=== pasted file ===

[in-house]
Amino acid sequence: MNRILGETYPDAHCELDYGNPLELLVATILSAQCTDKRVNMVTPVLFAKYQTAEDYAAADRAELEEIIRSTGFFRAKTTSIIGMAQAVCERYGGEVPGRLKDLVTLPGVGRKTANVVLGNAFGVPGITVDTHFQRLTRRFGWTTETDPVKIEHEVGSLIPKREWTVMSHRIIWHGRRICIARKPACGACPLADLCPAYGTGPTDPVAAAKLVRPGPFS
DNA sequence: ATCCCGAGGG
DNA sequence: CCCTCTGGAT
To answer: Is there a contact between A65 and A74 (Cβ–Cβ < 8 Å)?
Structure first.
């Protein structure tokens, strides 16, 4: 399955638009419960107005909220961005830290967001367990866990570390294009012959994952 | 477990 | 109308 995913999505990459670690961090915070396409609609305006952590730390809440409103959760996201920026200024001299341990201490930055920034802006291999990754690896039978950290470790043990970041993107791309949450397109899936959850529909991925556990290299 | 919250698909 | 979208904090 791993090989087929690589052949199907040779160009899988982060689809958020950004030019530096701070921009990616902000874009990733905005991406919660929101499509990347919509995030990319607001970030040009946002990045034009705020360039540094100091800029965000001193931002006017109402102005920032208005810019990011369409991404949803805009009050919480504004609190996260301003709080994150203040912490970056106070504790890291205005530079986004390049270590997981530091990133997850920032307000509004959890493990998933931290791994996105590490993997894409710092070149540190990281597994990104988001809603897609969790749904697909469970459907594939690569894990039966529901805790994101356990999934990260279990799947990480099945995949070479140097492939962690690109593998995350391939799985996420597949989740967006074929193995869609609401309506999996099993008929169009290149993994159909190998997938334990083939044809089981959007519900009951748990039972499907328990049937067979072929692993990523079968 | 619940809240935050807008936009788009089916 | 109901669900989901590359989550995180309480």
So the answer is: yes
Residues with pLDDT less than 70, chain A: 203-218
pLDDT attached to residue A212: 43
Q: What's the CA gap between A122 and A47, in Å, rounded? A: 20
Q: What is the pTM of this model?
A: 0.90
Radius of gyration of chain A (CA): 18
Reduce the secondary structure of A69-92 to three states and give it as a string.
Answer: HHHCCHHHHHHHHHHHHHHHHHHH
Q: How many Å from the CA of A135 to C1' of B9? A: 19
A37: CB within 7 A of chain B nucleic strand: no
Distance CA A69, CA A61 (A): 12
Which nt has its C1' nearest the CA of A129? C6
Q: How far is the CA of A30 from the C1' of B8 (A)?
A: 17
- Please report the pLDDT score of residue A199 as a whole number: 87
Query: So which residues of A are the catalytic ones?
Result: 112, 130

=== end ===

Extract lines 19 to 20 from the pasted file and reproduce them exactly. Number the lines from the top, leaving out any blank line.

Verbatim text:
Distance CA A69, CA A61 (A): 12
Which nt has its C1' nearest the CA of A129? C6